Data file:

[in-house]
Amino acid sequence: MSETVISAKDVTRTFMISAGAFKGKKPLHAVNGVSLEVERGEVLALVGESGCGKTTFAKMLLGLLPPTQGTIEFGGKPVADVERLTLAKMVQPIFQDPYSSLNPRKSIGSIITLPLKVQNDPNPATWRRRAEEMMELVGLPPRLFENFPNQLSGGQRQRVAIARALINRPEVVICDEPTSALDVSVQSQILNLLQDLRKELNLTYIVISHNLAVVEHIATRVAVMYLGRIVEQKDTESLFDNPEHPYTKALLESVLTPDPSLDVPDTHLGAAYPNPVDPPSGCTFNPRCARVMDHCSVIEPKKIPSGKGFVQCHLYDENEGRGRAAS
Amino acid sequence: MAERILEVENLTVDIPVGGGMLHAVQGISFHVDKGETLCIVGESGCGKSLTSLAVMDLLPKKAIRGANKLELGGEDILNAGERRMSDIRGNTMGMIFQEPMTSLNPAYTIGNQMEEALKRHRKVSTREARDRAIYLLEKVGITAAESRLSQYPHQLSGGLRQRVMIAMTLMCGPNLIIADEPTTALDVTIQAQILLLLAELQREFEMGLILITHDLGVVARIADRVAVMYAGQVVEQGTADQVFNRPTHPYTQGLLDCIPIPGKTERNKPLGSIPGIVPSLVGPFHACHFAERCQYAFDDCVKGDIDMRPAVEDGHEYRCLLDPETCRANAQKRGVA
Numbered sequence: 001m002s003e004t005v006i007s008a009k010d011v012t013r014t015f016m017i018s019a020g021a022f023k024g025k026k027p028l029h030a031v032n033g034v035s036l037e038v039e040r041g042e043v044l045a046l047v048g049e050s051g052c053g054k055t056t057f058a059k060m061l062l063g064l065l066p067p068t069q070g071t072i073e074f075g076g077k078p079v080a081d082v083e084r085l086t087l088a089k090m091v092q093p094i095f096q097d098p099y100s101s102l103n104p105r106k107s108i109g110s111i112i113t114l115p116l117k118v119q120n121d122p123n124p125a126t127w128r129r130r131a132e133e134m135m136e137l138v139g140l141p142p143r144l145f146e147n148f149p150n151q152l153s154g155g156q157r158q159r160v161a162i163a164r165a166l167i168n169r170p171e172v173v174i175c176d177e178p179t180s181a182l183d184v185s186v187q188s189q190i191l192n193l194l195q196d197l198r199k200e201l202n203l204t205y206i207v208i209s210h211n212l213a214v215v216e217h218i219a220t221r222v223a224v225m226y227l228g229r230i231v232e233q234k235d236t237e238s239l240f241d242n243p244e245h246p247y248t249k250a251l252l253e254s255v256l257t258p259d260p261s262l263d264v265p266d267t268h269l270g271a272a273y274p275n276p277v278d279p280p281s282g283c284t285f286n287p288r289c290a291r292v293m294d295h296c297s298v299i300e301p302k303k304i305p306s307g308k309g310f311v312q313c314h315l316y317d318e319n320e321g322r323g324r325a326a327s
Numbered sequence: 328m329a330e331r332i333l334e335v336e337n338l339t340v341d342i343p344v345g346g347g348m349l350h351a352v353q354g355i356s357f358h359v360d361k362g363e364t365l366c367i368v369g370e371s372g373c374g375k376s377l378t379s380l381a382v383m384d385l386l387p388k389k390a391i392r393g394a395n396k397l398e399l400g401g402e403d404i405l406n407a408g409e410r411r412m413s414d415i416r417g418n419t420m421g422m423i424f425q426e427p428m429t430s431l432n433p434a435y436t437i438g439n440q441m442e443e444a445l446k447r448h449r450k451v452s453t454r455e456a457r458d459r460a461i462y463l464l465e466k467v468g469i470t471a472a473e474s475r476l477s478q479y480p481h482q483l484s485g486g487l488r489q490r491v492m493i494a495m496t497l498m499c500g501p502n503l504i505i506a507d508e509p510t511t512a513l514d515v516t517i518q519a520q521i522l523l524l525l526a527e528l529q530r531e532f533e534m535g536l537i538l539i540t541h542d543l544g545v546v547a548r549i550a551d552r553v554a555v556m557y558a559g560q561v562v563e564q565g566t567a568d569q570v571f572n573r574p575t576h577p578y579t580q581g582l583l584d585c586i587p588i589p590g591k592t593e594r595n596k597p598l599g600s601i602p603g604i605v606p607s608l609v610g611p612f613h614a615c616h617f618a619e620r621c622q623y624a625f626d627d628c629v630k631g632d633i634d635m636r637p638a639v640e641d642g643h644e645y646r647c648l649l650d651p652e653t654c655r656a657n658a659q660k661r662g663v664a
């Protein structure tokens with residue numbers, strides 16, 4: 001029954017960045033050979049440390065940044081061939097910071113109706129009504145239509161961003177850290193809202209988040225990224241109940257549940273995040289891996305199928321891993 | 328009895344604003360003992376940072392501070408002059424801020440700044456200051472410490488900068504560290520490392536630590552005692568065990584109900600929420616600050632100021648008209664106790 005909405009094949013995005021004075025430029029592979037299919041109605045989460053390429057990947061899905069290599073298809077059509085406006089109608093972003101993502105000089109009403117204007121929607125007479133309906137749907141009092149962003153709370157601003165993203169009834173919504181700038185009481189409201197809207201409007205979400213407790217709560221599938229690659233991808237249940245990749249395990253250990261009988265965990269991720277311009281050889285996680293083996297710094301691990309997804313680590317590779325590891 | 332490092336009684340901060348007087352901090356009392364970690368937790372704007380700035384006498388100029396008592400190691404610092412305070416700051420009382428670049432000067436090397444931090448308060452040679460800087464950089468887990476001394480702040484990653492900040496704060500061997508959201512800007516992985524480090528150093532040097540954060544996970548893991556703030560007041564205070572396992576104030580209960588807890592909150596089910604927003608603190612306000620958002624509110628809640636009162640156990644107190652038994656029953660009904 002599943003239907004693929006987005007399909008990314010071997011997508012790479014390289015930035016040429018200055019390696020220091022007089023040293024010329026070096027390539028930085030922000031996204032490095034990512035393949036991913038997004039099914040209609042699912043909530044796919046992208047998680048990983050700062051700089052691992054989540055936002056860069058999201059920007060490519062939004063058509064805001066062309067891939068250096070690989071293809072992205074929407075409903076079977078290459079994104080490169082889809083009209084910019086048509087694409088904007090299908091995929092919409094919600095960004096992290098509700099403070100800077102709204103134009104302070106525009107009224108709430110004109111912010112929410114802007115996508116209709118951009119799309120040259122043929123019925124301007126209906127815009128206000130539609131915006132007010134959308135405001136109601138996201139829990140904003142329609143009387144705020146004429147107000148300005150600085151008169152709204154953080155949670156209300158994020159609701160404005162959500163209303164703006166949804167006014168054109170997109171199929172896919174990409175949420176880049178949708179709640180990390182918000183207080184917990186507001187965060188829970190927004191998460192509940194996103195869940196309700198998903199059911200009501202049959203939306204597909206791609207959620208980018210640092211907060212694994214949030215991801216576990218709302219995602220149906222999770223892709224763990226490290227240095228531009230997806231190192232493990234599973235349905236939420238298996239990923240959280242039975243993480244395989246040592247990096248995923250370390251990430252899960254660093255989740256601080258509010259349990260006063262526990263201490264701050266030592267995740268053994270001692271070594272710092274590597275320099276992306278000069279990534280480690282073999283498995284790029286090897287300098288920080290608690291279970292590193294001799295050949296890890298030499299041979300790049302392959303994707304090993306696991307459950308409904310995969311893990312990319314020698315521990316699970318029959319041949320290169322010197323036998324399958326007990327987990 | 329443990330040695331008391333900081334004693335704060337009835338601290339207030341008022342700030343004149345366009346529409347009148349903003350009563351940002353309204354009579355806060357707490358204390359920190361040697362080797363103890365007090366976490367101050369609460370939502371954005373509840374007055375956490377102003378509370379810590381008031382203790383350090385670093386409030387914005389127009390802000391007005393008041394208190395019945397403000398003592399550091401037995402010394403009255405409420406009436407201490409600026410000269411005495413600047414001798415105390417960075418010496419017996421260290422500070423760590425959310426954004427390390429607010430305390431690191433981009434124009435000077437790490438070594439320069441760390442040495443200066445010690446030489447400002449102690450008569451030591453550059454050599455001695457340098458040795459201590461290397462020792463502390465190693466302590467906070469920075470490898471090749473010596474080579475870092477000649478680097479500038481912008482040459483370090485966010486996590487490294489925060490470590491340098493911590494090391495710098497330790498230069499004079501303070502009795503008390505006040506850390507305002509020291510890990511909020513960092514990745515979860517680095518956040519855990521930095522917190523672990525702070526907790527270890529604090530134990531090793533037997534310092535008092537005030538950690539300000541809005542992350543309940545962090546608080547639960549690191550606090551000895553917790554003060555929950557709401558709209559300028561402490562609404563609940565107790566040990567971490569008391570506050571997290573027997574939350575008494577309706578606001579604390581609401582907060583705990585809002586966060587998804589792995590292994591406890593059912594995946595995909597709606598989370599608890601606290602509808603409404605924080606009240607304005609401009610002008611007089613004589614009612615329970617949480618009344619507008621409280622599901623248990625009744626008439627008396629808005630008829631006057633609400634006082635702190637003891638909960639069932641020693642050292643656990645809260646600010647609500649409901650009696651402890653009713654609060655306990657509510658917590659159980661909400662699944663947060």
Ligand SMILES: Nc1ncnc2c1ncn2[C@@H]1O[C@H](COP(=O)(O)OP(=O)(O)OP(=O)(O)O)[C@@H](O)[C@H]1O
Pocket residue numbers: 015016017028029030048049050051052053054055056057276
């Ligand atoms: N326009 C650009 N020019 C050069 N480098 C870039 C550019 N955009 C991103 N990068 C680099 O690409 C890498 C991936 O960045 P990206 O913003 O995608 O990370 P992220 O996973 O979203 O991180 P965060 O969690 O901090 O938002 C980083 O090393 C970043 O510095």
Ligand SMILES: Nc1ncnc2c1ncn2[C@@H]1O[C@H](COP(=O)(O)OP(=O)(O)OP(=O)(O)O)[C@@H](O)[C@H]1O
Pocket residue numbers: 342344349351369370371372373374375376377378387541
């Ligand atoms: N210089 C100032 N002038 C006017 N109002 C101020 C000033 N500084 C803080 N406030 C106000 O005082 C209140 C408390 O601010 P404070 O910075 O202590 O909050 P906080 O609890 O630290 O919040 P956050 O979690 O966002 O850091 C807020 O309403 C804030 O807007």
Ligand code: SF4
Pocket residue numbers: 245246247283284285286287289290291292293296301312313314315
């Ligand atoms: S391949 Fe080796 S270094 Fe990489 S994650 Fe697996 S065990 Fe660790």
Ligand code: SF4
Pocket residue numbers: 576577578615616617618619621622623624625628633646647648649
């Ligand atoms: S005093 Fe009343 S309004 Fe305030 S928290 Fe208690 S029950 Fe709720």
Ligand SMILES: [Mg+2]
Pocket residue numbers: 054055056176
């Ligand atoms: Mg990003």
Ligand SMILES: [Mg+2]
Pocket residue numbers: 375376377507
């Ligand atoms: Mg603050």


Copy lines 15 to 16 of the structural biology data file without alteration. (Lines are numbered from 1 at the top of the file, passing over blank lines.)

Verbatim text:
């Ligand atoms: S391949 Fe080796 S270094 Fe990489 S994650 Fe697996 S065990 Fe660790």
Ligand code: SF4